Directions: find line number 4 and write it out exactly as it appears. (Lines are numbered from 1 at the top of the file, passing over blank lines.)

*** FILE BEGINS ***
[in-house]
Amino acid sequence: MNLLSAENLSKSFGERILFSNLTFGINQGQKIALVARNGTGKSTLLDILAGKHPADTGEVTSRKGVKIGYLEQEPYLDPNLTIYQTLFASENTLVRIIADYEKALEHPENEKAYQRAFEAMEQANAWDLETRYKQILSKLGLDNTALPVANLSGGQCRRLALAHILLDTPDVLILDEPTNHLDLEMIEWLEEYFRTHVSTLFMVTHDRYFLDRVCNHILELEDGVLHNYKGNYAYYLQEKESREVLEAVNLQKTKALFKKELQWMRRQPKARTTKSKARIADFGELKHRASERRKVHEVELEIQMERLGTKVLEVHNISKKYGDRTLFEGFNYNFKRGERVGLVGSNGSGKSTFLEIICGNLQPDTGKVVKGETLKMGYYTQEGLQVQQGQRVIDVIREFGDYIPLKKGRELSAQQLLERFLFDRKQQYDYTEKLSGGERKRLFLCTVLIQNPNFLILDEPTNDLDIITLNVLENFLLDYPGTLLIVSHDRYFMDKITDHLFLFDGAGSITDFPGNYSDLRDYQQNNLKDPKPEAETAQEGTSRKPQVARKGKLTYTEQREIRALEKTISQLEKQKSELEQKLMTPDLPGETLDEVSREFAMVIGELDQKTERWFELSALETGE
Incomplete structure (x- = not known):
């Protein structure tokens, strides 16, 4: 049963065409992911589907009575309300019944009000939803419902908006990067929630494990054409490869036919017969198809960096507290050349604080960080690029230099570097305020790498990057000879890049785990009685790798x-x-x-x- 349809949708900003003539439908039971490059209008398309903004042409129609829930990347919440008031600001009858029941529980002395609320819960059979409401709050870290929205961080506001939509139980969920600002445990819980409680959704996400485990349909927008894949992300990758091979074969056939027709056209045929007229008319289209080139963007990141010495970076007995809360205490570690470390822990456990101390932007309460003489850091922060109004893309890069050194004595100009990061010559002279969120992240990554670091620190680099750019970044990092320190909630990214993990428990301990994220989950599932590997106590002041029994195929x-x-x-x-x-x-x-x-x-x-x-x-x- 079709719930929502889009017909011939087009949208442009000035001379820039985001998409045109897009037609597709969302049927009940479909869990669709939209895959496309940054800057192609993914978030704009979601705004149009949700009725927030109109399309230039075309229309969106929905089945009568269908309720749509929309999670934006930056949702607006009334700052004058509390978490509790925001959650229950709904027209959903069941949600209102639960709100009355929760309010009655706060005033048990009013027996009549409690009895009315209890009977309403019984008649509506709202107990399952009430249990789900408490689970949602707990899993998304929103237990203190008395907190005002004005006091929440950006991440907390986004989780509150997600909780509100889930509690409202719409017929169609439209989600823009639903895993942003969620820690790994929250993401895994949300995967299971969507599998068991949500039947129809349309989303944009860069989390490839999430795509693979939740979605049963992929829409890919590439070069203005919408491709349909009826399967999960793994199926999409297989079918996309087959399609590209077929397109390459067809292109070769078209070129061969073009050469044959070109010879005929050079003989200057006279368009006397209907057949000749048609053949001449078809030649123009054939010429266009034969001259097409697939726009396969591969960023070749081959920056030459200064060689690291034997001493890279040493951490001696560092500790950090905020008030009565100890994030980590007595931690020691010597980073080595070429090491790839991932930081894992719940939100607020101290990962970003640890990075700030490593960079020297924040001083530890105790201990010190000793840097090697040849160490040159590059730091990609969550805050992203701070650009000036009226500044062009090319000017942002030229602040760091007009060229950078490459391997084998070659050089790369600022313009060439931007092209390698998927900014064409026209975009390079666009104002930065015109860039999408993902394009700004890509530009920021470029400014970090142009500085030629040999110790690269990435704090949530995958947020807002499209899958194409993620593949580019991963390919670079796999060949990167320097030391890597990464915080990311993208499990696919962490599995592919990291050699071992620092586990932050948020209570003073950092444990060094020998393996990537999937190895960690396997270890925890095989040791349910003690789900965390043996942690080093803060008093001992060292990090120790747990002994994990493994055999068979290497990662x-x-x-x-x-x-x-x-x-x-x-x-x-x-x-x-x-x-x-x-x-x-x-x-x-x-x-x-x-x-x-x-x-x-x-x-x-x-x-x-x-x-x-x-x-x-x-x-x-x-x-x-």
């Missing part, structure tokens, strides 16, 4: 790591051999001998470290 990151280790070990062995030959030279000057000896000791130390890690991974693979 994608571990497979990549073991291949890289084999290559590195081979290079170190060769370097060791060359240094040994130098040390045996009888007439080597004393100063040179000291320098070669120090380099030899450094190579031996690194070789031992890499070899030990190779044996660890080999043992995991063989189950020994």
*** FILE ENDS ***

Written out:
């Protein structure tokens, strides 16, 4: 049963065409992911589907009575309300019944009000939803419902908006990067929630494990054409490869036919017969198809960096507290050349604080960080690029230099570097305020790498990057000879890049785990009685790798x-x-x-x- 349809949708900003003539439908039971490059209008398309903004042409129609829930990347919440008031600001009858029941529980002395609320819960059979409401709050870290929205961080506001939509139980969920600002445990819980409680959704996400485990349909927008894949992300990758091979074969056939027709056209045929007229008319289209080139963007990141010495970076007995809360205490570690470390822990456990101390932007309460003489850091922060109004893309890069050194004595100009990061010559002279969120992240990554670091620190680099750019970044990092320190909630990214993990428990301990994220989950599932590997106590002041029994195929x-x-x-x-x-x-x-x-x-x-x-x-x- 079709719930929502889009017909011939087009949208442009000035001379820039985001998409045109897009037609597709969302049927009940479909869990669709939209895959496309940054800057192609993914978030704009979601705004149009949700009725927030109109399309230039075309229309969106929905089945009568269908309720749509929309999670934006930056949702607006009334700052004058509390978490509790925001959650229950709904027209959903069941949600209102639960709100009355929760309010009655706060005033048990009013027996009549409690009895009315209890009977309403019984008649509506709202107990399952009430249990789900408490689970949602707990899993998304929103237990203190008395907190005002004005006091929440950006991440907390986004989780509150997600909780509100889930509690409202719409017929169609439209989600823009639903895993942003969620820690790994929250993401895994949300995967299971969507599998068991949500039947129809349309989303944009860069989390490839999430795509693979939740979605049963992929829409890919590439070069203005919408491709349909009826399967999960793994199926999409297989079918996309087959399609590209077929397109390459067809292109070769078209070129061969073009050469044959070109010879005929050079003989200057006279368009006397209907057949000749048609053949001449078809030649123009054939010429266009034969001259097409697939726009396969591969960023070749081959920056030459200064060689690291034997001493890279040493951490001696560092500790950090905020008030009565100890994030980590007595931690020691010597980073080595070429090491790839991932930081894992719940939100607020101290990962970003640890990075700030490593960079020297924040001083530890105790201990010190000793840097090697040849160490040159590059730091990609969550805050992203701070650009000036009226500044062009090319000017942002030229602040760091007009060229950078490459391997084998070659050089790369600022313009060439931007092209390698998927900014064409026209975009390079666009104002930065015109860039999408993902394009700004890509530009920021470029400014970090142009500085030629040999110790690269990435704090949530995958947020807002499209899958194409993620593949580019991963390919670079796999060949990167320097030391890597990464915080990311993208499990696919962490599995592919990291050699071992620092586990932050948020209570003073950092444990060094020998393996990537999937190895960690396997270890925890095989040791349910003690789900965390043996942690080093803060008093001992060292990090120790747990002994994990493994055999068979290497990662x-x-x-x-x-x-x-x-x-x-x-x-x-x-x-x-x-x-x-x-x-x-x-x-x-x-x-x-x-x-x-x-x-x-x-x-x-x-x-x-x-x-x-x-x-x-x-x-x-x-x-x-």